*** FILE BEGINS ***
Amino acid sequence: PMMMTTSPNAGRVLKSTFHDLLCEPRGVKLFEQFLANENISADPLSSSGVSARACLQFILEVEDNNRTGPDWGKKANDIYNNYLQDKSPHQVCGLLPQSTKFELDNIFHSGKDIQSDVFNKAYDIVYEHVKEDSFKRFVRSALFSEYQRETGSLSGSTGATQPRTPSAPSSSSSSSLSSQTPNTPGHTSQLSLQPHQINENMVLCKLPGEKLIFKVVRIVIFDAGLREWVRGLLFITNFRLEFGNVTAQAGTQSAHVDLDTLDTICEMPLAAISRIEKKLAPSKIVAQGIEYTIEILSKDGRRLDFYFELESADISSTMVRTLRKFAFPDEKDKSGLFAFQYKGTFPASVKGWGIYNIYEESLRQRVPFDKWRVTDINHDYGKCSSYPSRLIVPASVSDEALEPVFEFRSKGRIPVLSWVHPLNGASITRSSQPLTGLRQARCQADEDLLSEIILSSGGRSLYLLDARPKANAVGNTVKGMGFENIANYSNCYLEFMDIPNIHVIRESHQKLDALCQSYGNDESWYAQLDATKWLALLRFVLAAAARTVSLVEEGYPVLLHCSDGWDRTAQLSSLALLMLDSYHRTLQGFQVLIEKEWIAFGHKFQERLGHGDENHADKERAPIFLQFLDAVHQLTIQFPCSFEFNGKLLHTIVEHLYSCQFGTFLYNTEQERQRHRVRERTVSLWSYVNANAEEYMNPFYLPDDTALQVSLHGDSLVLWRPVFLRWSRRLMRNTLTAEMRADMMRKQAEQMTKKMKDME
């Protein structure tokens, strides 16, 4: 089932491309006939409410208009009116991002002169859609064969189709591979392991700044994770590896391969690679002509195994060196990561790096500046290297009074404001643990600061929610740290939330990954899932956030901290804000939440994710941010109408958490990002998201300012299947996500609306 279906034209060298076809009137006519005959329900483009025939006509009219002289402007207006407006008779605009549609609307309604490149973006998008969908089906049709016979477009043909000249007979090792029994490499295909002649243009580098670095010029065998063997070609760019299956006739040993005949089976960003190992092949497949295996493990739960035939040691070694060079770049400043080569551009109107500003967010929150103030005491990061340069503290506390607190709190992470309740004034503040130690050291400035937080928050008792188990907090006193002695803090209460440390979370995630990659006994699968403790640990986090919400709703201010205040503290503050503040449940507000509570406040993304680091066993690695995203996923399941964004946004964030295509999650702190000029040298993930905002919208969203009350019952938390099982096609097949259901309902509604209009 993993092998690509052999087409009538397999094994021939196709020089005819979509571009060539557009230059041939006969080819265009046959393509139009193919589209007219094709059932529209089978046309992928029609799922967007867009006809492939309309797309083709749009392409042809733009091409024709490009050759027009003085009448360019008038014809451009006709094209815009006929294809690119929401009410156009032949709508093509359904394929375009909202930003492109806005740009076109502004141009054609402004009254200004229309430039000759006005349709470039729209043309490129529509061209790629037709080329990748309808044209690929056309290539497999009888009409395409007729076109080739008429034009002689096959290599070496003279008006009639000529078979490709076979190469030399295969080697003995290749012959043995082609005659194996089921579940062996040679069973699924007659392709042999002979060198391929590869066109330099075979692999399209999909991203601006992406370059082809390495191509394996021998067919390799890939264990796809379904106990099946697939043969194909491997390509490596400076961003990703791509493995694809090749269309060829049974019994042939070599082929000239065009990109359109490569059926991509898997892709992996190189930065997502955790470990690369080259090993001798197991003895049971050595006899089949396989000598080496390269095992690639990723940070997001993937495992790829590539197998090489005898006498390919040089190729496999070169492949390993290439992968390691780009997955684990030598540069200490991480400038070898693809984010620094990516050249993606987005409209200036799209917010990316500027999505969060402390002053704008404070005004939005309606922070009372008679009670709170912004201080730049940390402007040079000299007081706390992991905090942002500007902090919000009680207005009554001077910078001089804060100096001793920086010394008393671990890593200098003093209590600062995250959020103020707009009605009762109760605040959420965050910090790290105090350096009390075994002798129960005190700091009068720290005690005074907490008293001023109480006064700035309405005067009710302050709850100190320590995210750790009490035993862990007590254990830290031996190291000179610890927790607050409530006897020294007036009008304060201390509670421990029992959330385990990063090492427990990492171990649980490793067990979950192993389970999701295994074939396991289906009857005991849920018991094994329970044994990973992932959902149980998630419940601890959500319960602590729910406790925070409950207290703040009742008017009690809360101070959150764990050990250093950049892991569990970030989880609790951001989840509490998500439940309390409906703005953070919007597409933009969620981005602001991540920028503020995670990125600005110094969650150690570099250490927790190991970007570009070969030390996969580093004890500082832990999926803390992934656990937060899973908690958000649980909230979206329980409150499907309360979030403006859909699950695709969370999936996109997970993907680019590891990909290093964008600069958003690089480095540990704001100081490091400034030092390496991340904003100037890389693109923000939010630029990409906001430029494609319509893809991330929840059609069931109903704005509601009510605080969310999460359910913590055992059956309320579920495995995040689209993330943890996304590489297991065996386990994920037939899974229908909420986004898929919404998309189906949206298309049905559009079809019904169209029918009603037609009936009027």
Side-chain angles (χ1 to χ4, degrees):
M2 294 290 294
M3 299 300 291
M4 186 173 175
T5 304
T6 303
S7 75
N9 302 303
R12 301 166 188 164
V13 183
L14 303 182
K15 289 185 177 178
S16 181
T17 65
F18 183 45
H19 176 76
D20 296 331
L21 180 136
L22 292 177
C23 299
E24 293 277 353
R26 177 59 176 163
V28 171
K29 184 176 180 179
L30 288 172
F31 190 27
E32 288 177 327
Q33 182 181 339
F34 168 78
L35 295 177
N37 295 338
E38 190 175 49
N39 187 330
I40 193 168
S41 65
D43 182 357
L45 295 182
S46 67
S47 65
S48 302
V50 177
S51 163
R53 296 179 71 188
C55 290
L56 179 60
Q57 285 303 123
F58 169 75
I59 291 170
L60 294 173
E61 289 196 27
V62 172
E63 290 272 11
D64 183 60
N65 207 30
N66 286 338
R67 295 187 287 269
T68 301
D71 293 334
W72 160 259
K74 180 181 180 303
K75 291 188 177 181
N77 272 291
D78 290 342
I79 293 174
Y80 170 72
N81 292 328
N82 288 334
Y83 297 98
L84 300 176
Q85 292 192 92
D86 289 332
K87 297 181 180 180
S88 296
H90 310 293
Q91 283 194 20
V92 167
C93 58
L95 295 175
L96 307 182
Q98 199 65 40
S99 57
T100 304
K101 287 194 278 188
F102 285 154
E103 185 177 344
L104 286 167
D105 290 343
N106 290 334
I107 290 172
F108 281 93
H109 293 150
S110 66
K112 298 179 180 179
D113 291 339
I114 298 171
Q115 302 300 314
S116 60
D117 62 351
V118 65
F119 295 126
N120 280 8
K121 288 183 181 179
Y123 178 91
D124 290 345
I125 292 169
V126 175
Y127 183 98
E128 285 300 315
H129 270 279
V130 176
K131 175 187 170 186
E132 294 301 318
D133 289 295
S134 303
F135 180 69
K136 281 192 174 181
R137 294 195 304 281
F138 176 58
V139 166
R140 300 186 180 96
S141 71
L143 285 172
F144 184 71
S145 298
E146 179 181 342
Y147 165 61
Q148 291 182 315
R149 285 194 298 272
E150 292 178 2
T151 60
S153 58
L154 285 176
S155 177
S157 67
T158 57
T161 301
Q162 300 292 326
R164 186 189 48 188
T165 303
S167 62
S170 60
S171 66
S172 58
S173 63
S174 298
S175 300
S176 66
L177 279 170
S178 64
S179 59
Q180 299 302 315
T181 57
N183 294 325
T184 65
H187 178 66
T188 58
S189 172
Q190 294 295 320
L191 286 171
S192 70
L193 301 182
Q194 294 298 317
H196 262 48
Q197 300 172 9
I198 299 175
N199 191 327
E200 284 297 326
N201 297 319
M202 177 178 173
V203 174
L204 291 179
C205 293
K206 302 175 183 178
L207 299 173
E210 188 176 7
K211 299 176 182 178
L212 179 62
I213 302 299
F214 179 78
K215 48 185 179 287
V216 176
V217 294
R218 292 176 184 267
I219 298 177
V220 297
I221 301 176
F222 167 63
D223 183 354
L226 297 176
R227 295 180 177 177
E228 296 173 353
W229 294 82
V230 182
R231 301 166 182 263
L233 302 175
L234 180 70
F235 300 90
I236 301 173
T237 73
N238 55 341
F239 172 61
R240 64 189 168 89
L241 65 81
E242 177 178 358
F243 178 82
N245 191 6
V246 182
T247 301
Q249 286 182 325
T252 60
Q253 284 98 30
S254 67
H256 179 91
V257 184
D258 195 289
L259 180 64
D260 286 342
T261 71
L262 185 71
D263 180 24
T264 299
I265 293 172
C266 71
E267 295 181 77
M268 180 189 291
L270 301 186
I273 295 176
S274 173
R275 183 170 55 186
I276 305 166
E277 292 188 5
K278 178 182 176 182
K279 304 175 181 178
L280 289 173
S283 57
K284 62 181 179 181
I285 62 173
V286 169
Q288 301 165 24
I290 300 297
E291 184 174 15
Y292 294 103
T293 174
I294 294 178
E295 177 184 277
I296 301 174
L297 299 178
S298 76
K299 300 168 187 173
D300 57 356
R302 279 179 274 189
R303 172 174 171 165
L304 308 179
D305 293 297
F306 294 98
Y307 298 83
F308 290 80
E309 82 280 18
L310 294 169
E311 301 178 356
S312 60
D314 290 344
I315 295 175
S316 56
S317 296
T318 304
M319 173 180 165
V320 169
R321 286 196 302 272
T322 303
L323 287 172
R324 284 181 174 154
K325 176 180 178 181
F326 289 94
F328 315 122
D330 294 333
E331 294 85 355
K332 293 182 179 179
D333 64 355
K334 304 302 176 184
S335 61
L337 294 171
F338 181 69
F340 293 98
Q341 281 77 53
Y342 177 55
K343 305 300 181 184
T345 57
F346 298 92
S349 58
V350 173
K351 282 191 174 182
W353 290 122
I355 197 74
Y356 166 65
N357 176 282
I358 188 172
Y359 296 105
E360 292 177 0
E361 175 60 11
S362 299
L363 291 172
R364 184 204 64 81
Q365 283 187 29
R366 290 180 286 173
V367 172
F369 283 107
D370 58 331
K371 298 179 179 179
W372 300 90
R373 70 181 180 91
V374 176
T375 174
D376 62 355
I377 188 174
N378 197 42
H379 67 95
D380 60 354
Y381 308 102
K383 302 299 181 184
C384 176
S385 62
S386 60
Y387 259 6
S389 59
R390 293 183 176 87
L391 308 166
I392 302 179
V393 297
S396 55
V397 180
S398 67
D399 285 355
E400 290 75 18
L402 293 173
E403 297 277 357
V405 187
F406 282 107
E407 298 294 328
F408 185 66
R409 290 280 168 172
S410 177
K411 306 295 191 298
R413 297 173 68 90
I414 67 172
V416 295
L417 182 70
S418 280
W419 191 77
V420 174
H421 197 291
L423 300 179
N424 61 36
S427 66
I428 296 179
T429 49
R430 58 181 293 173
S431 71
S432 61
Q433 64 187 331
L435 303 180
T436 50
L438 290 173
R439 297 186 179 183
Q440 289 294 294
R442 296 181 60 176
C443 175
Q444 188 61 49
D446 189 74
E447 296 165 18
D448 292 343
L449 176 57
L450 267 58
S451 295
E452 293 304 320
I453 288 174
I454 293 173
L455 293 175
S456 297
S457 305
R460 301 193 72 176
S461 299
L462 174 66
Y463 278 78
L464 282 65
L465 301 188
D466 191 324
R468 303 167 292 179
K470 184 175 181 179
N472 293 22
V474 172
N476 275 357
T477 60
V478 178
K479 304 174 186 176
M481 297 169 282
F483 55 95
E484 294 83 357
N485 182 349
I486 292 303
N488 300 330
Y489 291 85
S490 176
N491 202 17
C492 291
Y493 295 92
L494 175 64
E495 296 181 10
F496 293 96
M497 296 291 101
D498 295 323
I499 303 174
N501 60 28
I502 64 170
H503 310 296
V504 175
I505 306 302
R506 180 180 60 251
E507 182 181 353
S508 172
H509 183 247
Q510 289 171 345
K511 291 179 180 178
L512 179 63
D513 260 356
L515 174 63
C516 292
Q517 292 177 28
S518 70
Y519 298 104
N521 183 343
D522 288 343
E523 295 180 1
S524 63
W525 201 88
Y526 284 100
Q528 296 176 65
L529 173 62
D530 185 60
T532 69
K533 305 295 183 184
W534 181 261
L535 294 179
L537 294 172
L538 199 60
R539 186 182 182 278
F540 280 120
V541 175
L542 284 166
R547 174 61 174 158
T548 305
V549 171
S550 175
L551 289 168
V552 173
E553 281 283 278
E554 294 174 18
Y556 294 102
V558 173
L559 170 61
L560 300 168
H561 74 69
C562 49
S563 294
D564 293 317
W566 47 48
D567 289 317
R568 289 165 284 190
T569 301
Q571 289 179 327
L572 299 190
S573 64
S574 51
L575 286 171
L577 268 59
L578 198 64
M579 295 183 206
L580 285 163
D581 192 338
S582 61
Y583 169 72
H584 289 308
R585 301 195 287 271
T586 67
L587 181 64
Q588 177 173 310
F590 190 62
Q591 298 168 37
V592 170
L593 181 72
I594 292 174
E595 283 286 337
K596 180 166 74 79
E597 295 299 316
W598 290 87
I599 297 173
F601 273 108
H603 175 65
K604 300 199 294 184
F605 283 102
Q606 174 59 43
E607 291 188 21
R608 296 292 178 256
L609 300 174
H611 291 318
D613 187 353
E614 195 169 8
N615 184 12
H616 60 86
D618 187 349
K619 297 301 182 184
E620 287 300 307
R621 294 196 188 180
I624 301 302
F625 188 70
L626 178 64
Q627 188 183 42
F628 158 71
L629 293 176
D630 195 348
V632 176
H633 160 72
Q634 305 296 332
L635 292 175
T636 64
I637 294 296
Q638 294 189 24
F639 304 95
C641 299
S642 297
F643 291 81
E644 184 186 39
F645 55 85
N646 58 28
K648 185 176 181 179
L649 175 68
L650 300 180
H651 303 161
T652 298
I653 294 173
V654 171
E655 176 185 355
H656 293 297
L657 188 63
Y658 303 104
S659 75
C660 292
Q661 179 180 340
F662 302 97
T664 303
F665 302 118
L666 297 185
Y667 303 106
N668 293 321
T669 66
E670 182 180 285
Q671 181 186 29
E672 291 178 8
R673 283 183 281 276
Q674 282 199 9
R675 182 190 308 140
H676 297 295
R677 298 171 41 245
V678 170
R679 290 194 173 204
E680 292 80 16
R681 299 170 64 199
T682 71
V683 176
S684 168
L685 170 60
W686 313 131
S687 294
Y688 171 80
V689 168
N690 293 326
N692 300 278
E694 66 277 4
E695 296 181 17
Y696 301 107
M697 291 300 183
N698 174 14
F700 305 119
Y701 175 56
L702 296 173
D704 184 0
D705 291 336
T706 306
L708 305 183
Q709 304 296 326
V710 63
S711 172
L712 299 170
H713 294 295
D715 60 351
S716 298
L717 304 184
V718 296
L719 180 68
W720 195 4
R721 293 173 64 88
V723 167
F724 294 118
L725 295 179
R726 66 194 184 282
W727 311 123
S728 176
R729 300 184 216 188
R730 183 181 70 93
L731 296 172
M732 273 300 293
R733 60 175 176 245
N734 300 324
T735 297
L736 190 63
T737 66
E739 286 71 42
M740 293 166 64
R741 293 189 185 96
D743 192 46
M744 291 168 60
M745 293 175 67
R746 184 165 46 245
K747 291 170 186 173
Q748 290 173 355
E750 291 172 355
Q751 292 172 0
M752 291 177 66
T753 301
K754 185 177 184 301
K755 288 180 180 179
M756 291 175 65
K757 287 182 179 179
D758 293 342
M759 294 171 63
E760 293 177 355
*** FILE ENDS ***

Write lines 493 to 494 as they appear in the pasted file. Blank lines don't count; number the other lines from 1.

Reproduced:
I594 292 174
E595 283 286 337